FROM DA BRICKS


This Could Be Big – Pudgee The Phat Bastard
February 6, 2007, 5:44 pm
Filed under: Album Reviews

Before starting today’s post I just wanted to give a quick shout to everybody who has been leaving comments recently. It it always highly satisfying to get some feedback on the work that I put into the blog and it has been particularly great recently with a debate or two kicking off (props to Alley Al for stoking the fire on the Large Pro post… not sure how well you came off mate!). In all seriousness though, it really is appreciated when people leave their thoughts and feelings on the albums and reviews, keep it up if you’re already on it or get involved if you ain’t there yet.

‘Give ‘Em The Finger’ was one of those albums that I felt genuinely excited about when I stumbled across it on Amazon. I can’t explain exactly what this hunch was based upon as I had never heard any of his music, but I just had a feeling that it would be dope. When I get this feeling it goes one of two ways: I’m either right and elated or I’m wrong and end up somewhat disappointed. I think that my response to this album falls into the second category despite the fact that this is a decent release that is well worth a listen.

Everything is in place if you’re feelin’ that mid ’90s vibe: boasts and brags, a shouty chorus here and there, big snares and some horn loops… there are also some highlights on here as well. ‘Checkin’ Out The Avenue’ has an almost Naughty By Nature feel about it and would work well in a club and both ‘This Is How We…’ (featuring a verse from Kool G Rap) and ‘How You Feel About That’ will get your head nodding. Much of the album’s production is handled by the Trakmasterz and I would be grateful to anyone who could fill me in on their full discography as the internet is a little sparse on detail apart from their more mainstream production for Will Smith, Mariah Carey and a few other bits and pieces.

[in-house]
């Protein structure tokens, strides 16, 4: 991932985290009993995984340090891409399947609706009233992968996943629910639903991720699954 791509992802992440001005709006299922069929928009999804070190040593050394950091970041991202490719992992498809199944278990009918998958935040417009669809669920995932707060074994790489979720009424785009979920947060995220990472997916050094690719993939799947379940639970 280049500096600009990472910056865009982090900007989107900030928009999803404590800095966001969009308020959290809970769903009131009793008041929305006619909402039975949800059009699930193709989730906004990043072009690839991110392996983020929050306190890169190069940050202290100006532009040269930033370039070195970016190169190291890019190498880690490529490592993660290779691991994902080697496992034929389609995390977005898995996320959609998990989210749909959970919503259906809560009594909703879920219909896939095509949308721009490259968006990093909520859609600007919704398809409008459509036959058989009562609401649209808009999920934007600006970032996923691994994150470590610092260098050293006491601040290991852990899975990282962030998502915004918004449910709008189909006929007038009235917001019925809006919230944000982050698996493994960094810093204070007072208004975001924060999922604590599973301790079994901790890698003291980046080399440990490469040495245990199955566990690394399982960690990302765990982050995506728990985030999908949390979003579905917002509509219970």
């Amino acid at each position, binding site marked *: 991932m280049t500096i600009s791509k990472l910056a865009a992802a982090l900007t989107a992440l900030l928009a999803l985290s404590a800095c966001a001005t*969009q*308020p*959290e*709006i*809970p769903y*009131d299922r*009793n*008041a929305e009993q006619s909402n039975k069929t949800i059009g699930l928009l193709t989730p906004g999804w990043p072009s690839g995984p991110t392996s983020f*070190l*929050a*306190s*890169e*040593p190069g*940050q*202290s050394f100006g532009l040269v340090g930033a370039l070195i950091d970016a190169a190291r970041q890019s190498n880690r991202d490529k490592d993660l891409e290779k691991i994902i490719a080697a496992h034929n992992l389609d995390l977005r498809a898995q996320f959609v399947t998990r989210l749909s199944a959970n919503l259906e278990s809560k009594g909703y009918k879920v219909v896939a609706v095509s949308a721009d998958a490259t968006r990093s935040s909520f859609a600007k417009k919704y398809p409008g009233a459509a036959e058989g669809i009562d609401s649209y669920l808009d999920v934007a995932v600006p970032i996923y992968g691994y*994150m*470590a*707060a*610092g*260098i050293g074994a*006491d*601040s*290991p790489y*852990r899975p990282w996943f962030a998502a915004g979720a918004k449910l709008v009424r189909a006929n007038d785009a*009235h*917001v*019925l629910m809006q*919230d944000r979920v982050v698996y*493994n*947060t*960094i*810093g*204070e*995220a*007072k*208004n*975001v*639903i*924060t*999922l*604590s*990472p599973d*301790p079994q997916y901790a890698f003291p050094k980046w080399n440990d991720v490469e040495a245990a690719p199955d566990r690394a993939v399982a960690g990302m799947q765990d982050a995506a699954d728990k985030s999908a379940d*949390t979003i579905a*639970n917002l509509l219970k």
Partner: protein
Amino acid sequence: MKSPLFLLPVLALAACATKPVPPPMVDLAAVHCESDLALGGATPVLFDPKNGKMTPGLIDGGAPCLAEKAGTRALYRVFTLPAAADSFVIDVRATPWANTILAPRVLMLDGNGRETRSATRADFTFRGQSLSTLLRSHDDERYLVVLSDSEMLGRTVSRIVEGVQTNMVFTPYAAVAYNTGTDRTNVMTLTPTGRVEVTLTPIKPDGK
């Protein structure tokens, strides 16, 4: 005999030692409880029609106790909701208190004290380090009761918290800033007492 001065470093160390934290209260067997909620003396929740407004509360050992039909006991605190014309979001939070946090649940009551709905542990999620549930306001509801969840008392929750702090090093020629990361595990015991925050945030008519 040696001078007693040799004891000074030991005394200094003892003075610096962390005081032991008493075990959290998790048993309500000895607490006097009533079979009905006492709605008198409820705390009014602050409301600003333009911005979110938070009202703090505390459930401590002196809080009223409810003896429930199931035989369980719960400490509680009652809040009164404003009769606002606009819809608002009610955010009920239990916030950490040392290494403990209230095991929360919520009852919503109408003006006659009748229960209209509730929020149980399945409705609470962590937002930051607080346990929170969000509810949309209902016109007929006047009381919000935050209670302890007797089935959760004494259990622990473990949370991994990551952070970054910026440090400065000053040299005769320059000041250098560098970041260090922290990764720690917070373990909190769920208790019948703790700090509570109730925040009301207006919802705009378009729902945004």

Despite these standouts and a relatively consistent quality throughout (ignore the horrendously corny ‘Lady In My Life’), this is not an album I listen to particularly frequently and would argue that there is something a little bit lacklustre about ‘Give ‘Em The Finger’. Don’t get me wrong, this is a solid enough release but there is something about it that doesn’t quite do it for me. This also goes for some of the cuts he released later on in the ’90s that I felt also lacked that edge that makes something great as opposed to being just good. You may not feel the same: cop it and find out.

Request Alert!

I mentioned the shelved Freddie Foxxx LP in my Large Pro post as I feel that it is a another example of an industry oversight, particularly given his prominent position in the genre for over 15 years. The version I have of this is of a relatively poor quality with a hiss over all of the tunes. If you have a version of this that is of decent quality then please hit me with a link: I want to here ‘Can’t Break Away’ in all its glory as well as a couple of other choice cuts from the album. Thanks in advance…

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The Puerto Rican Wonder – Kurious
February 5, 2007, 5:41 pm
Filed under: Album Reviews

Kurious goes down as yet another one of those hip hop artists who showed much promise but who also never managed to translate this into a career of any longevity. Hailing from Spanish Harlem in Uptown Manhattan, Kurious originally appeared on Pete Nice and Daddy Rich’s album ‘Dust II Dust’ before releasing his debut ‘A Constipated Monkey’. Apart from a few appearances on other albums of the era (most notably KMD’s ‘Black Bastards’ and Gravediggaz’s ‘Six Feet Deep’) this is basically the only record where you get a decent flava for the Puerto Rican MC. This is a pity as the album is a strong release that should have at least propelled him onto a sophomore effort.